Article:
Generation Z is the world’s current generation of teens and young adults. There are differing estimates as to when Millennials left off and Gen Z began, but most researchers place the birth years between 1995-2012, making the oldest Gen Zer about age 25 and the youngest about age 8. Research on this cohort of young people shows that they are not just Millennials 2.0. Each generation is shaped by unique circumstances and influences that help form their generational hallmarks.
For Gen Z those influences certainly include growing up on the internet and social media and living in a world that is constantly accelerated and changed by digital platforms.
Gen Z has also witnessed some of the world’s milestone events during their formative years:
- The economic recession of 2008
- The election and re-election of the first African American president of the United States
- The legalization of gay marriage
- The COVID-19 global pandemic
Research helps us examine the world these young people are growing up in and the effects they say it is having on them. In this report, we share some of OneHope’s research on today’s teens alongside other studies and statistics that help shed insight on Generation Z in the United States.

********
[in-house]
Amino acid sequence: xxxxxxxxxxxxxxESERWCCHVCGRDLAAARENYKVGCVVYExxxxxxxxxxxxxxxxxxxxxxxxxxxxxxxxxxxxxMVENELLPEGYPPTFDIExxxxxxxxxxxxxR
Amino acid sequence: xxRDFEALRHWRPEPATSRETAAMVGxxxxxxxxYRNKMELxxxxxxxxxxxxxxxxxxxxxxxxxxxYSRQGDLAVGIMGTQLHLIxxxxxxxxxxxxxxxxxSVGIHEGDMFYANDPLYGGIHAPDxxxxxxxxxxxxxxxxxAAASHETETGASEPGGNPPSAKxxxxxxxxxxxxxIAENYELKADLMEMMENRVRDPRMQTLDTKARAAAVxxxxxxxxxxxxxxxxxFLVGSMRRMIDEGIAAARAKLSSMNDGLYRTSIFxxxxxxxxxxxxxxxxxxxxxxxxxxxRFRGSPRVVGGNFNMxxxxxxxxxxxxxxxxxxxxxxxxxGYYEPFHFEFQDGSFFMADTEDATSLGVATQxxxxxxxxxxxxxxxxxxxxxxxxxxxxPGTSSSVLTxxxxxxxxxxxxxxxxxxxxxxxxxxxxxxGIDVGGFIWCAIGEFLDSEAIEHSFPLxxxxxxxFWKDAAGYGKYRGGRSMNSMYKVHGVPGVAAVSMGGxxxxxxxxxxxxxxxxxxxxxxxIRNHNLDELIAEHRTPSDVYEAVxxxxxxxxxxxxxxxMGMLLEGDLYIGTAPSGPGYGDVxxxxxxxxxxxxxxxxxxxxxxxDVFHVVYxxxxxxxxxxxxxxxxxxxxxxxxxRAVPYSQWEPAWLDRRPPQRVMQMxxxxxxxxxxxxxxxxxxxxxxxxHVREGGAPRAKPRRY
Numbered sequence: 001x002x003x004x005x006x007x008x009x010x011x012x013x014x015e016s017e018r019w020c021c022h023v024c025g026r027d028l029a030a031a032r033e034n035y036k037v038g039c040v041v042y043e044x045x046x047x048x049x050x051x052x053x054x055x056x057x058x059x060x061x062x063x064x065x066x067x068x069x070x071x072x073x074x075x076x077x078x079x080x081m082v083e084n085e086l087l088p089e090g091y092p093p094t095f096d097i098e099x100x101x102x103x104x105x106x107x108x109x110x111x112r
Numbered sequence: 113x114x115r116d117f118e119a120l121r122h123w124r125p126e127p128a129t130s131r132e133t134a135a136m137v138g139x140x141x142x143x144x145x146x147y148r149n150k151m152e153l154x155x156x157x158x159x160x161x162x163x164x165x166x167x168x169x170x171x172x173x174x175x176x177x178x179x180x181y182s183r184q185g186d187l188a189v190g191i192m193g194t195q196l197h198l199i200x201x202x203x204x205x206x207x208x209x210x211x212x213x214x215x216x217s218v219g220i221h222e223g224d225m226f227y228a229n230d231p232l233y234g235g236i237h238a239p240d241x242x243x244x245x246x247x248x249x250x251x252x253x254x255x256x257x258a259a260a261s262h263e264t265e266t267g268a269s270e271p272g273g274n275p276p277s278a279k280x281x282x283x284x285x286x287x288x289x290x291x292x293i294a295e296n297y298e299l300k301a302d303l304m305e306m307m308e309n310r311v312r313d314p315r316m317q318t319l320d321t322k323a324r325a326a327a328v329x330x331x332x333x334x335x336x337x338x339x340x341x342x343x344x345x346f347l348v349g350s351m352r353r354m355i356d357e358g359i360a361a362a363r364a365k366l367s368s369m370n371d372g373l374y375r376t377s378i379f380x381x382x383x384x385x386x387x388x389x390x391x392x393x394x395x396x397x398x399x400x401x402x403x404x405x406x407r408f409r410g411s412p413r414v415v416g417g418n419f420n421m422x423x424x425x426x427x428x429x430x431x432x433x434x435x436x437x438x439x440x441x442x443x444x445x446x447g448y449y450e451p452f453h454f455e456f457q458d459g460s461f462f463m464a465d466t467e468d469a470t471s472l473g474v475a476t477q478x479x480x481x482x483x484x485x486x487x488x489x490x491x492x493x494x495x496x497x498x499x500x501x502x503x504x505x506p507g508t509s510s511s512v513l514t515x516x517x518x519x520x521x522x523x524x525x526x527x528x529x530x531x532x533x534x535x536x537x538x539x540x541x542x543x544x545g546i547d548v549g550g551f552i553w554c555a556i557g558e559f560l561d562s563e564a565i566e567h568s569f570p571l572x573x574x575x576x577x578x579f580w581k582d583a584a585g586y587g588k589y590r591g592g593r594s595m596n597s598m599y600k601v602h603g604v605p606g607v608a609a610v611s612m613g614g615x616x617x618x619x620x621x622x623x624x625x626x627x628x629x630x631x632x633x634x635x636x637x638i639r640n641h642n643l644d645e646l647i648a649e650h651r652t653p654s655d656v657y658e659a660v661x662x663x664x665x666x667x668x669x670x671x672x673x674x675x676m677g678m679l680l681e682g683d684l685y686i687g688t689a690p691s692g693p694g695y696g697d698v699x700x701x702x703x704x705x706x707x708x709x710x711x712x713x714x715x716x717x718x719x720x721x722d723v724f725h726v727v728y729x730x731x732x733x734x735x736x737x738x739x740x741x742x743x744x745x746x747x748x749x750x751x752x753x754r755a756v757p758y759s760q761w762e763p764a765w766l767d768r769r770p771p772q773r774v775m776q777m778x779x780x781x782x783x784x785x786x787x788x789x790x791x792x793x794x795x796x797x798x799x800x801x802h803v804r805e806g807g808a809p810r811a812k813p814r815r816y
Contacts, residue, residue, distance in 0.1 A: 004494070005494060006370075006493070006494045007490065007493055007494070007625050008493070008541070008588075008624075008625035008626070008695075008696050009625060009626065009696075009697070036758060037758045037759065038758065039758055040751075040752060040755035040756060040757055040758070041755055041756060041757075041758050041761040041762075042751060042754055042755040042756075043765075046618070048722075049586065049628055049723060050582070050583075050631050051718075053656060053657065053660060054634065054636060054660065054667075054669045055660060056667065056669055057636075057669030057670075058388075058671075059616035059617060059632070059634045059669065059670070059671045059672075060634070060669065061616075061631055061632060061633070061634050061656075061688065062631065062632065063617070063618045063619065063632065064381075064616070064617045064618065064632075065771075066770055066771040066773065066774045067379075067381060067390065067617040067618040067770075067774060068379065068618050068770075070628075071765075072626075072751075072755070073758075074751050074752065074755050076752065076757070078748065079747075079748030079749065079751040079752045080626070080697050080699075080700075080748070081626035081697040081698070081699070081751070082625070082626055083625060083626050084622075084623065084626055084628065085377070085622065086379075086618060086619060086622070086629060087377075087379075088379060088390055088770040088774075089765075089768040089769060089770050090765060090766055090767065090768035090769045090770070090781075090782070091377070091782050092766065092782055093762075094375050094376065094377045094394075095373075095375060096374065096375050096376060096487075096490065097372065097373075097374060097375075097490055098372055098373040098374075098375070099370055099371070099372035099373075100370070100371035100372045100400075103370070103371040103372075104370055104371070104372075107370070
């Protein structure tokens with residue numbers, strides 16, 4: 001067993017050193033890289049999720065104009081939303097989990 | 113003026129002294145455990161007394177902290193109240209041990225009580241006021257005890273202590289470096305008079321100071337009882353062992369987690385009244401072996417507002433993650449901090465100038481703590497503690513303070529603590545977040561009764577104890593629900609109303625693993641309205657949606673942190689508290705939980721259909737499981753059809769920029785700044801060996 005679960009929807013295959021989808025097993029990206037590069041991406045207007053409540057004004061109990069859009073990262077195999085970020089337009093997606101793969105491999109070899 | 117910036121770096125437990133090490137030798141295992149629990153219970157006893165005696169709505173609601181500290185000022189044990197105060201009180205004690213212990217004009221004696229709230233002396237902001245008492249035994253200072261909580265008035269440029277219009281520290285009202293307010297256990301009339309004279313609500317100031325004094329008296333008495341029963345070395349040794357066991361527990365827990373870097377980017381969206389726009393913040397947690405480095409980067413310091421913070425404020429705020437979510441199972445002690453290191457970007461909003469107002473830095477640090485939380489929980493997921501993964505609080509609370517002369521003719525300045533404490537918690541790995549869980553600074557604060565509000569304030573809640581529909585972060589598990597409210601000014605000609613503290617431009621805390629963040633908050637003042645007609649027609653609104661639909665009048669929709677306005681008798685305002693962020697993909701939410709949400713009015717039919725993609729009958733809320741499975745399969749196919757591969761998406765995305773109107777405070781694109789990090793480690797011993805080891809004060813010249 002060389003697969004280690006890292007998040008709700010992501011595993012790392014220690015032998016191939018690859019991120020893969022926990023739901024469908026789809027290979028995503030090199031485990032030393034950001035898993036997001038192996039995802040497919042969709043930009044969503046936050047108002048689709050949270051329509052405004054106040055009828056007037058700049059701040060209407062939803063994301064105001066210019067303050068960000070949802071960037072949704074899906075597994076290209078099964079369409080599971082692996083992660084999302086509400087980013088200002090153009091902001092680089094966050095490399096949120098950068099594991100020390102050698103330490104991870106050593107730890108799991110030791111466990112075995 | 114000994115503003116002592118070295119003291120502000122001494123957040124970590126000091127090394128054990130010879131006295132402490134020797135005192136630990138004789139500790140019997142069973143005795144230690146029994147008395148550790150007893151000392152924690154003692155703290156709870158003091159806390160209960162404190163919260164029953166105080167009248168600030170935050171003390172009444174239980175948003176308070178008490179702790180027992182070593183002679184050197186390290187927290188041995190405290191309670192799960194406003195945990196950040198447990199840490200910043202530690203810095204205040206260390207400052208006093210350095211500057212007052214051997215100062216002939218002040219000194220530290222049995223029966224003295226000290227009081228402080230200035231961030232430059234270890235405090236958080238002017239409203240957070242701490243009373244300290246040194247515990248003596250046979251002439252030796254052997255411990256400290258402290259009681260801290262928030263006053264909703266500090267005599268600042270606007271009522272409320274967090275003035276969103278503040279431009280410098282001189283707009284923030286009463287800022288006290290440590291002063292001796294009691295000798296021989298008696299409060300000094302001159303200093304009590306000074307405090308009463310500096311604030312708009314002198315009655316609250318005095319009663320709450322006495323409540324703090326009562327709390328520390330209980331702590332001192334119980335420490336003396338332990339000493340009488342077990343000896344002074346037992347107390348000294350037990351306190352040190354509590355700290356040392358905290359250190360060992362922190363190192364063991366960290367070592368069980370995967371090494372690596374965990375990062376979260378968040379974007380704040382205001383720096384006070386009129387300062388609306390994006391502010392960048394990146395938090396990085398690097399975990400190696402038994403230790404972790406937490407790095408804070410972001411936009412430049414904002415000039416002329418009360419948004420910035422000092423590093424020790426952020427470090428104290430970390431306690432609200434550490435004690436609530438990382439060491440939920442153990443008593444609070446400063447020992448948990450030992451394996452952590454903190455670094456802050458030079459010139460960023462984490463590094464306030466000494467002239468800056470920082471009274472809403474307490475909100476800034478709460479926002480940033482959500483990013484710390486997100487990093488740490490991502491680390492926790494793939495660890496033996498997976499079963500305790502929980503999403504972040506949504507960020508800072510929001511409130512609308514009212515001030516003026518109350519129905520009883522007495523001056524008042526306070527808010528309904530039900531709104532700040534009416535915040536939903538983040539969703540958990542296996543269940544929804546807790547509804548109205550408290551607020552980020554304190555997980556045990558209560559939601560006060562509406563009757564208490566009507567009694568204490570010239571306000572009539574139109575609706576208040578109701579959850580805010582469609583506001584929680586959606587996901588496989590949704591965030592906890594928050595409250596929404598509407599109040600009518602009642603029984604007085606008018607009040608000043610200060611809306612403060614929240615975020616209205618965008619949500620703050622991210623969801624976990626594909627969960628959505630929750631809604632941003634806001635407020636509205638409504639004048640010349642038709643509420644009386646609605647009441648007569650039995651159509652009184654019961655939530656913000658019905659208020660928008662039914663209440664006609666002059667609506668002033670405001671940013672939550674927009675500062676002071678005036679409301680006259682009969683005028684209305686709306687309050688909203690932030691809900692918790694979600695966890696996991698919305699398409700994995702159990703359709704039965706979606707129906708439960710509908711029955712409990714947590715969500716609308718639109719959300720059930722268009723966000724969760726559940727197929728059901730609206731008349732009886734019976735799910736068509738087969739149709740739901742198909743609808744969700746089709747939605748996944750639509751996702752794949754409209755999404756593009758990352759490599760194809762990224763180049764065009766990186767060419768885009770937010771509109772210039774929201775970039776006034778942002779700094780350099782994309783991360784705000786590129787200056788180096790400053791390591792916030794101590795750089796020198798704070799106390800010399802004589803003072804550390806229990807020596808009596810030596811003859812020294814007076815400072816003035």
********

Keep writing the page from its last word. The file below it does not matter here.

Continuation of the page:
Three in four Gen Z’ers in the United States indicate they have friends from different backgrounds, races, and beliefs.
This is not surprising considering diversity within North America has increased with every passing generation. Today’s teens are the most diverse the world has ever seen. Almost half (48%) of Generation Z in the United States are non-caucasian, Almost half (48%) of Generation Z in the United States are non-caucasian, compared to only 18% of Baby Boomers when they were children and teens. Racial diversity is not the only thing increasing.
According to a 5-year study of people in the United States, the number of young people who identify as LGBT is steadily increasing while older generations are remaining the same.
Another study revealed that as many as 1 in 3 U.S. Gen Z’ers say they are LGBT. “People question [their gender] because it’s popular to question,” said a teen in a focus group OneHope conducted in 2019. Another teen said, “It’s almost worshipped. If you are transgender or struggling with this, it’s cool."